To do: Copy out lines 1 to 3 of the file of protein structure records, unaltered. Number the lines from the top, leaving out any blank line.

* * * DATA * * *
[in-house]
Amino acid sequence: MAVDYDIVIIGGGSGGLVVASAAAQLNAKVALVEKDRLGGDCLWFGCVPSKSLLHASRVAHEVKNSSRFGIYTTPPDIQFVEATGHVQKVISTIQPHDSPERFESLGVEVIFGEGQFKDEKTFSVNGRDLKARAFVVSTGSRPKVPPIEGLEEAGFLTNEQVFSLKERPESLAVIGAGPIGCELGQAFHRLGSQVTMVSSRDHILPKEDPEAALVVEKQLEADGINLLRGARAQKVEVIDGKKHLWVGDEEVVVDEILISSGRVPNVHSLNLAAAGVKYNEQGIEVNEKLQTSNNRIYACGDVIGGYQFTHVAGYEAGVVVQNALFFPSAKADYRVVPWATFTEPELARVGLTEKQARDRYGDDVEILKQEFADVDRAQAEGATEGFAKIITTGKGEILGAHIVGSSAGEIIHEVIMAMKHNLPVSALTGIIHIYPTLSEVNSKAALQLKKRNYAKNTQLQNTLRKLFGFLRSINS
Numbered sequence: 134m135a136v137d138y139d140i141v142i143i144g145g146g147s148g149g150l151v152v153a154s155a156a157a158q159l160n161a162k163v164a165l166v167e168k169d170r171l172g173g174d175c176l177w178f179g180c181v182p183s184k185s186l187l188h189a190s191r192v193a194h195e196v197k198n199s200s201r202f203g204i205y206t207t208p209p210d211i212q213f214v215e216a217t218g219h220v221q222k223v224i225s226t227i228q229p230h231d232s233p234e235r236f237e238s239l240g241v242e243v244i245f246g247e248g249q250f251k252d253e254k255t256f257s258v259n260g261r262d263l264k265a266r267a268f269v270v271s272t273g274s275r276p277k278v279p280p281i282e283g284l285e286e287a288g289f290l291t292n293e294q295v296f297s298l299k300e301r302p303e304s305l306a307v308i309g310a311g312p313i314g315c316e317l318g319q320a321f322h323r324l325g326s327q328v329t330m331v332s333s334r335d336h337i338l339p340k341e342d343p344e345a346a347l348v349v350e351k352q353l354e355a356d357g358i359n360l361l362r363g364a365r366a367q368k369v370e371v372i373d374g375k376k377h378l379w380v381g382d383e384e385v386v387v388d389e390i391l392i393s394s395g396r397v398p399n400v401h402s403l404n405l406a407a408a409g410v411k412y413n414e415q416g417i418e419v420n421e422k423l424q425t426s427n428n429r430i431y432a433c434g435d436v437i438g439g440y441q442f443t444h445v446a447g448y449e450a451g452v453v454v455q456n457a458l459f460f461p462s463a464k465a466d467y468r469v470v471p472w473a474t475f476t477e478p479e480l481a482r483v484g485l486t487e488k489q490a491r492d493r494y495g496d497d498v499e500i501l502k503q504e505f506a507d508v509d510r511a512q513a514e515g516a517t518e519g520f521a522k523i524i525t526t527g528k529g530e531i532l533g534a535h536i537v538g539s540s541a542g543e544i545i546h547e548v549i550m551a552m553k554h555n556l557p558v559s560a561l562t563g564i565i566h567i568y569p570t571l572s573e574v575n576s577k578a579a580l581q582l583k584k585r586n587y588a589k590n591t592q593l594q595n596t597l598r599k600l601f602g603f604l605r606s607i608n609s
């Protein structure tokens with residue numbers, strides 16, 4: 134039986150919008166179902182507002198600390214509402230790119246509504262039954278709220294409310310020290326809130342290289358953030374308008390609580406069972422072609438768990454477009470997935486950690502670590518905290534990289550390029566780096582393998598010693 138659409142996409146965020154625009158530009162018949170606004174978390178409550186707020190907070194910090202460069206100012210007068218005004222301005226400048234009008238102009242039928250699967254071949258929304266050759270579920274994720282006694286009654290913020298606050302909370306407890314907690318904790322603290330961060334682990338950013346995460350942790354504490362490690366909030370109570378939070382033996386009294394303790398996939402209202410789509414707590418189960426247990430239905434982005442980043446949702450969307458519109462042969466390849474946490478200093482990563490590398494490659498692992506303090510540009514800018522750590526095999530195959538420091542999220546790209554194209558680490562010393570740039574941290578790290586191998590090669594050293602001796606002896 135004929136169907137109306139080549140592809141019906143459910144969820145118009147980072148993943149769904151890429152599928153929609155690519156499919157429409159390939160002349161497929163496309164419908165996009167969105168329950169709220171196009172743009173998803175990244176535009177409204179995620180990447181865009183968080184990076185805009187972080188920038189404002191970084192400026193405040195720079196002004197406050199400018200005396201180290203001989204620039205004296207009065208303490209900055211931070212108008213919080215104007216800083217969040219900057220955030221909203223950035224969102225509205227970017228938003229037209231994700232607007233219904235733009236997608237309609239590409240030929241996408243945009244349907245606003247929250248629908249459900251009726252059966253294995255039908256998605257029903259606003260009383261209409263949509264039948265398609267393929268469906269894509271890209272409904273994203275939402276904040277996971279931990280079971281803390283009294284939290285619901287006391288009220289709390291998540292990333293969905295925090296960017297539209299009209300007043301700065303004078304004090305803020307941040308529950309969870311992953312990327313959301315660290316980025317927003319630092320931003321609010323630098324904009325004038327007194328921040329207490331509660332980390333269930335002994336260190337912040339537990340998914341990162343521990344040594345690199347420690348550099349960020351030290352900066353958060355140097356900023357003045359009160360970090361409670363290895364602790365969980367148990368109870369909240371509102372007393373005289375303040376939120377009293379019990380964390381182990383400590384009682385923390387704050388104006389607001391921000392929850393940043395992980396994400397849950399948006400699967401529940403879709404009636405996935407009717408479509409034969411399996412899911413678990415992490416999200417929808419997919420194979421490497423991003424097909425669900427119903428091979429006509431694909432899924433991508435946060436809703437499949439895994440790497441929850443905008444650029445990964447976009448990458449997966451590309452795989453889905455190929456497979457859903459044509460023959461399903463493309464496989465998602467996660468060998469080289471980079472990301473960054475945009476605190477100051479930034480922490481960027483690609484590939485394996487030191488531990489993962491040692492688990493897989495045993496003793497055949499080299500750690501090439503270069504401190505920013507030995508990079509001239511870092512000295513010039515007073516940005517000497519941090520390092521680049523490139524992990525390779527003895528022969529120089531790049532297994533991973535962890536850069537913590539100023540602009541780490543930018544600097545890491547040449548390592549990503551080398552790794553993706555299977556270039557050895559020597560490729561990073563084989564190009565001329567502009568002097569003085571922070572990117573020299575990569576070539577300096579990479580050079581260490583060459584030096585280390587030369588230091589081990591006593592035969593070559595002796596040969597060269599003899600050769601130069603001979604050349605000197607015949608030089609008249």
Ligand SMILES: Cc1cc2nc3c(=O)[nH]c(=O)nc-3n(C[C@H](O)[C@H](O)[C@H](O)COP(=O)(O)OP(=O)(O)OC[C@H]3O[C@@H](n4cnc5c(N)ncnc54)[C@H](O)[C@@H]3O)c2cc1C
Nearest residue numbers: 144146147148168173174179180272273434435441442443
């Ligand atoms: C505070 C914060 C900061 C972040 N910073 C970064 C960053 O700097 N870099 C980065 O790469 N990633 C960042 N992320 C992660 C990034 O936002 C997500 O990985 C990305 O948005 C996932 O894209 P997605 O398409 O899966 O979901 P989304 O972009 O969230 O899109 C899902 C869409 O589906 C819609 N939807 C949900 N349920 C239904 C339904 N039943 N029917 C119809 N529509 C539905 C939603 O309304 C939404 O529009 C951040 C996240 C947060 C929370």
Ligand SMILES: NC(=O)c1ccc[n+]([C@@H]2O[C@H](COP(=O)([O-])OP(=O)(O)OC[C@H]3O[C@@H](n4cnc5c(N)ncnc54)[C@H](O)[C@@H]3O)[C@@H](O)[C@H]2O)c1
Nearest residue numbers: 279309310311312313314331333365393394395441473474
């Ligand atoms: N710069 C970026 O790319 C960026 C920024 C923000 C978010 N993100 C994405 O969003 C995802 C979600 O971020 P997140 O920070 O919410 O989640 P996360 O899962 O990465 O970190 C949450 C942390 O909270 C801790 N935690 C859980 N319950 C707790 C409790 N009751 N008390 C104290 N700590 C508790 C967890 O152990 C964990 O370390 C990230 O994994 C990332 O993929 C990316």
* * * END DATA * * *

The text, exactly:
[in-house]
Amino acid sequence: MAVDYDIVIIGGGSGGLVVASAAAQLNAKVALVEKDRLGGDCLWFGCVPSKSLLHASRVAHEVKNSSRFGIYTTPPDIQFVEATGHVQKVISTIQPHDSPERFESLGVEVIFGEGQFKDEKTFSVNGRDLKARAFVVSTGSRPKVPPIEGLEEAGFLTNEQVFSLKERPESLAVIGAGPIGCELGQAFHRLGSQVTMVSSRDHILPKEDPEAALVVEKQLEADGINLLRGARAQKVEVIDGKKHLWVGDEEVVVDEILISSGRVPNVHSLNLAAAGVKYNEQGIEVNEKLQTSNNRIYACGDVIGGYQFTHVAGYEAGVVVQNALFFPSAKADYRVVPWATFTEPELARVGLTEKQARDRYGDDVEILKQEFADVDRAQAEGATEGFAKIITTGKGEILGAHIVGSSAGEIIHEVIMAMKHNLPVSALTGIIHIYPTLSEVNSKAALQLKKRNYAKNTQLQNTLRKLFGFLRSINS
Numbered sequence: 134m135a136v137d138y139d140i141v142i143i144g145g146g147s148g149g150l151v152v153a154s155a156a157a158q159l160n161a162k163v164a165l166v167e168k169d170r171l172g173g174d175c176l177w178f179g180c181v182p183s184k185s186l187l188h189a190s191r192v193a194h195e196v197k198n199s200s201r202f203g204i205y206t207t208p209p210d211i212q213f214v215e216a217t218g219h220v221q222k223v224i225s226t227i228q229p230h231d232s233p234e235r236f237e238s239l240g241v242e243v244i245f246g247e248g249q250f251k252d253e254k255t256f257s258v259n260g261r262d263l264k265a266r267a268f269v270v271s272t273g274s275r276p277k278v279p280p281i282e283g284l285e286e287a288g289f290l291t292n293e294q295v296f297s298l299k300e301r302p303e304s305l306a307v308i309g310a311g312p313i314g315c316e317l318g319q320a321f322h323r324l325g326s327q328v329t330m331v332s333s334r335d336h337i338l339p340k341e342d343p344e345a346a347l348v349v350e351k352q353l354e355a356d357g358i359n360l361l362r363g364a365r366a367q368k369v370e371v372i373d374g375k376k377h378l379w380v381g382d383e384e385v386v387v388d389e390i391l392i393s394s395g396r397v398p399n400v401h402s403l404n405l406a407a408a409g410v411k412y413n414e415q416g417i418e419v420n421e422k423l424q425t426s427n428n429r430i431y432a433c434g435d436v437i438g439g440y441q442f443t444h445v446a447g448y449e450a451g452v453v454v455q456n457a458l459f460f461p462s463a464k465a466d467y468r469v470v471p472w473a474t475f476t477e478p479e480l481a482r483v484g485l486t487e488k489q490a491r492d493r494y495g496d497d498v499e500i501l502k503q504e505f506a507d508v509d510r511a512q513a514e515g516a517t518e519g520f521a522k523i524i525t526t527g528k529g530e531i532l533g534a535h536i537v538g539s540s541a542g543e544i545i546h547e548v549i550m551a552m553k554h555n556l557p558v559s560a561l562t563g564i565i566h567i568y569p570t571l572s573e574v575n576s577k578a579a580l581q582l583k584k585r586n587y588a589k590n591t592q593l594q595n596t597l598r599k600l601f602g603f604l605r606s607i608n609s